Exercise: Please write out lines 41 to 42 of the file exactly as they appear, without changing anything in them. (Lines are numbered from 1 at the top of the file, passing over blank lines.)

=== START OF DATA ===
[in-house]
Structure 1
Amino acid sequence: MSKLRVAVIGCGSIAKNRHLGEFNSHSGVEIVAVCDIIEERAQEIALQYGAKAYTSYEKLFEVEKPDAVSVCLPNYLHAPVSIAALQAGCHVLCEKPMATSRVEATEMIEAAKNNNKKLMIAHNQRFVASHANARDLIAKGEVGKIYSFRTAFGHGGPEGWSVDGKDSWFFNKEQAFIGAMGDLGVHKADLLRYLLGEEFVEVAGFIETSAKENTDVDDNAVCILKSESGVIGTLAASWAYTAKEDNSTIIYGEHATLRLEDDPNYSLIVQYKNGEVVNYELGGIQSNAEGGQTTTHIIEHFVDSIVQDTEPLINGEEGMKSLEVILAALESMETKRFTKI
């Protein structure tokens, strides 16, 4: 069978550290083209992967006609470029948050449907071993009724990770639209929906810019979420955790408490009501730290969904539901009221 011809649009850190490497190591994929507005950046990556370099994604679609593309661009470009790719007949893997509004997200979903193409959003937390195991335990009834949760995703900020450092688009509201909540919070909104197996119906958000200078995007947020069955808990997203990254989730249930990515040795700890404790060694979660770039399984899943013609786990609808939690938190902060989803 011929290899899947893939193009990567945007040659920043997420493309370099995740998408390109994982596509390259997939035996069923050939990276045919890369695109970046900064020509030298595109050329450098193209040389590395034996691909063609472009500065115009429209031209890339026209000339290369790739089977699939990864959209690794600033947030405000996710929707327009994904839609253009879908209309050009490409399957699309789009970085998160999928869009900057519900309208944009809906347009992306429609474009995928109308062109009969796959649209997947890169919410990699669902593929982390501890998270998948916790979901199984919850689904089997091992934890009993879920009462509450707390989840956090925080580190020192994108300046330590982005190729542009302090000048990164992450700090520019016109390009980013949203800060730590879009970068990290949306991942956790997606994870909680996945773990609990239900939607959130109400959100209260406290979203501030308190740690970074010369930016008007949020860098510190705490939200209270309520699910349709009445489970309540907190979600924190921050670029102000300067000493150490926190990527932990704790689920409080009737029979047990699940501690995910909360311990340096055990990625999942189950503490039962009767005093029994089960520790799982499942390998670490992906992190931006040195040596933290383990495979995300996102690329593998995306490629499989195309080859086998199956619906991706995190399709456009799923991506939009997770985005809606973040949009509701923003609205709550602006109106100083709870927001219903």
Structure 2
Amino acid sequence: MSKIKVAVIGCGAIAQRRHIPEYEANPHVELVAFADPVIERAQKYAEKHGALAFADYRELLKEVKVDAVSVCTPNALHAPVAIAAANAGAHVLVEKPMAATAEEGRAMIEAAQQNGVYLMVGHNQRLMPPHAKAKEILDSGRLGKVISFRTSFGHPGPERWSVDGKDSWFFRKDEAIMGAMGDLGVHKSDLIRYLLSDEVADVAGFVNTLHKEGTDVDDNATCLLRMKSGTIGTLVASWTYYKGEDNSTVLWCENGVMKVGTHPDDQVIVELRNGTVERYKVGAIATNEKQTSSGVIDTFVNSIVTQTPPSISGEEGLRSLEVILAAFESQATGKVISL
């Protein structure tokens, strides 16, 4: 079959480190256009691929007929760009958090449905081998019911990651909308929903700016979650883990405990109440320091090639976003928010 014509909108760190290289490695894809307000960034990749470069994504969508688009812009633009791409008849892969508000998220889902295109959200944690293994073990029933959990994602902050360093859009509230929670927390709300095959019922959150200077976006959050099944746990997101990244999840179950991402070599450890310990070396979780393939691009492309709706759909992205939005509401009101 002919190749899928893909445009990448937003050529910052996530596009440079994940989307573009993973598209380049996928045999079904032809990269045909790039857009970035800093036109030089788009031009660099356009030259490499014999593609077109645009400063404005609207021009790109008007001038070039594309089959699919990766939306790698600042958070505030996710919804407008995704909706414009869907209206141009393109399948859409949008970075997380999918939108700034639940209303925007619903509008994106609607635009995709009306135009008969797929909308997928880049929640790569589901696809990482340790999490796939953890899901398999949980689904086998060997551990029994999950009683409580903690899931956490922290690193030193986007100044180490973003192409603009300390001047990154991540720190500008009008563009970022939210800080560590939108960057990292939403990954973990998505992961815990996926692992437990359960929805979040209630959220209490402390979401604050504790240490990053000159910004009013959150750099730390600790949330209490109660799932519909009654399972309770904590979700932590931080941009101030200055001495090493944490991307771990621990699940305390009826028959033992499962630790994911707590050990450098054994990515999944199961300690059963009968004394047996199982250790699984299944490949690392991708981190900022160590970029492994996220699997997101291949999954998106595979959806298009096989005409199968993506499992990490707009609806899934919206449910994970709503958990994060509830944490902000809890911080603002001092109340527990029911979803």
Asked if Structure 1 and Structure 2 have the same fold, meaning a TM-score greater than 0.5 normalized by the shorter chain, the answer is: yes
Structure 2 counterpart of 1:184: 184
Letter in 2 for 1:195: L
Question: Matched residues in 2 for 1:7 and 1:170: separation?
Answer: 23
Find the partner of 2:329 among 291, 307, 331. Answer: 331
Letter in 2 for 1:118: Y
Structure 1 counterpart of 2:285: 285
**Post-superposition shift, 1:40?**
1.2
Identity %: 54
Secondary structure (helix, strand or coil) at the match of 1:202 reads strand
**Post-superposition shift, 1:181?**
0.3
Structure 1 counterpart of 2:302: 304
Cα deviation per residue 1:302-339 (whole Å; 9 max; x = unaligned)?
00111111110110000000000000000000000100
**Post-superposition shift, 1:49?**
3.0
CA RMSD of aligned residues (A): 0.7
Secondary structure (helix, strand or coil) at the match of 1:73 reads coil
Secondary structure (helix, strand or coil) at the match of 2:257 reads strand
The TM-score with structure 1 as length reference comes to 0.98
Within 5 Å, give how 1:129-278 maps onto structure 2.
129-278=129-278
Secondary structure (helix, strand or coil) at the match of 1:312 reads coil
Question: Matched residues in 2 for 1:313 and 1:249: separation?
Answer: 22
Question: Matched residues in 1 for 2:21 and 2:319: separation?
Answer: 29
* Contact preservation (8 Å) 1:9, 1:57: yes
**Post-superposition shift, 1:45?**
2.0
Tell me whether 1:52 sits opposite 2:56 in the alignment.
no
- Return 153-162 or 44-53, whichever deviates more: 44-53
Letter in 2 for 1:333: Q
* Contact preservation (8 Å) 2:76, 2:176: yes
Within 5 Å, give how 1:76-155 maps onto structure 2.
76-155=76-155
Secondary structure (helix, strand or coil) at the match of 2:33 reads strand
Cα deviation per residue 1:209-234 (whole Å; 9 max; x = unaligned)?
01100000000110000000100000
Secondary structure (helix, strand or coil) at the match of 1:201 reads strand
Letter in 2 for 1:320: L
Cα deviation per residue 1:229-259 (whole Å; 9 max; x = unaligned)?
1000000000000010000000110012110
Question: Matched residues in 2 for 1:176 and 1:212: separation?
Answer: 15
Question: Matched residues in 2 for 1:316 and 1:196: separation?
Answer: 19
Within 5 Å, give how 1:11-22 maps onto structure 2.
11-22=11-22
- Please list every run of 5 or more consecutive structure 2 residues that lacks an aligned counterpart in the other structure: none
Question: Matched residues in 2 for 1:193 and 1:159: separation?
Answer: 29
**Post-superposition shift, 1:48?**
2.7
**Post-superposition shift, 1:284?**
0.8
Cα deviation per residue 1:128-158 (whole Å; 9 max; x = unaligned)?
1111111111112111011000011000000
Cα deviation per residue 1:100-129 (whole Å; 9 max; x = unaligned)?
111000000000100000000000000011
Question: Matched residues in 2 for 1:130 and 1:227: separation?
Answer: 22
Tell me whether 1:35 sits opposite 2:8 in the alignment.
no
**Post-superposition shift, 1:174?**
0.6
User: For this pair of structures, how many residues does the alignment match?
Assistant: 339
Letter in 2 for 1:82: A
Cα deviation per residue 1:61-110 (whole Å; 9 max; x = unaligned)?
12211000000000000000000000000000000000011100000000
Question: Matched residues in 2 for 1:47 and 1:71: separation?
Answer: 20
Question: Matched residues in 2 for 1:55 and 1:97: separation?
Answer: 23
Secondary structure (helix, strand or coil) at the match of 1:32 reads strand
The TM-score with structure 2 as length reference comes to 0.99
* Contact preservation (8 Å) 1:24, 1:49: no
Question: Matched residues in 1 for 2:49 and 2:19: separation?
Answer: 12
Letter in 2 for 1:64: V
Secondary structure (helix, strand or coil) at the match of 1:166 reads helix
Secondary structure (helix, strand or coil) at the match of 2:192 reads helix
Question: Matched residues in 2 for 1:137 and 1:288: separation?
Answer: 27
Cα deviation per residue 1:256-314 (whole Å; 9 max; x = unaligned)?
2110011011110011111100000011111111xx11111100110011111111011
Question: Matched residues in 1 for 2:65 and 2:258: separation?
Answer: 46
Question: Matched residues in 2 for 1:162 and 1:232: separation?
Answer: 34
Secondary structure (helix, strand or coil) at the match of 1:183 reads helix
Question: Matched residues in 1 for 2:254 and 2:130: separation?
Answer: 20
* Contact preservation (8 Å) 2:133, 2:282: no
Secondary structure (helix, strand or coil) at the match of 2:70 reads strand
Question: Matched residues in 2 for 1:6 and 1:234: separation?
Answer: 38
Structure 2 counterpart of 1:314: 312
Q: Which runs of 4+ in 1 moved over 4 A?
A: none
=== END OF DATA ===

Tell me whether 1:52 sits opposite 2:56 in the alignment.
no